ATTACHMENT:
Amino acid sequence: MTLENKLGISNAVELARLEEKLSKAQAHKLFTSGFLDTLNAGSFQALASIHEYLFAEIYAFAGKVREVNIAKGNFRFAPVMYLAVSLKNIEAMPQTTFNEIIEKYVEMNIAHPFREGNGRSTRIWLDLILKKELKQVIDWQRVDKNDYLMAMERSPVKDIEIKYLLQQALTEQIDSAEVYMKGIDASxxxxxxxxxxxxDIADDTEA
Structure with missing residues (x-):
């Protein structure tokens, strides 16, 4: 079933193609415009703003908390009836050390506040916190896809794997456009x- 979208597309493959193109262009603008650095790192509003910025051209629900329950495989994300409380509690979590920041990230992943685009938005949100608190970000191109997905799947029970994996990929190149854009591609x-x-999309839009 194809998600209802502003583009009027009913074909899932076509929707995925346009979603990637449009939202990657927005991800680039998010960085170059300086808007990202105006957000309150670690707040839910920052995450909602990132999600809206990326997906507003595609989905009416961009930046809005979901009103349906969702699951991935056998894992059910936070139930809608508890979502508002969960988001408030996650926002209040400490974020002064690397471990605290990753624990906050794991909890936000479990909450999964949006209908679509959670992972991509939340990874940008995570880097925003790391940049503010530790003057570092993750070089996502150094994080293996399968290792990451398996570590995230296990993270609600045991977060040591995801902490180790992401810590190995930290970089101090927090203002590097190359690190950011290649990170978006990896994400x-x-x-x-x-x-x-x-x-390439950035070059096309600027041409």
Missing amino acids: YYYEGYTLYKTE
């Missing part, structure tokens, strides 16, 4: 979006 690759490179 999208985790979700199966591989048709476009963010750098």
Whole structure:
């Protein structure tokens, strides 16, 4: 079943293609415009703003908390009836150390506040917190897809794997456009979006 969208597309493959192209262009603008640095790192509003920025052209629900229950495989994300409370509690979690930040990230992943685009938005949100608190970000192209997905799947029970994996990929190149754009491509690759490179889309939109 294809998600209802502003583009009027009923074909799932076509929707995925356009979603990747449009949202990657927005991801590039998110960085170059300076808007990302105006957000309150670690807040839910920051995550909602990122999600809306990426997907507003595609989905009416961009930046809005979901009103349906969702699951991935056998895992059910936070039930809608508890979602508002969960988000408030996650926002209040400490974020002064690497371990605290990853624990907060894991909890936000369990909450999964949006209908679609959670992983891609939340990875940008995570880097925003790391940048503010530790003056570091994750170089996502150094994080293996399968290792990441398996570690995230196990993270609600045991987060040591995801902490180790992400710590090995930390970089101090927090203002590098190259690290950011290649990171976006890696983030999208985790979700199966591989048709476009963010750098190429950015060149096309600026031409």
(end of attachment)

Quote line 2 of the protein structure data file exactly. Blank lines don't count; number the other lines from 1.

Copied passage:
Structure with missing residues (x-):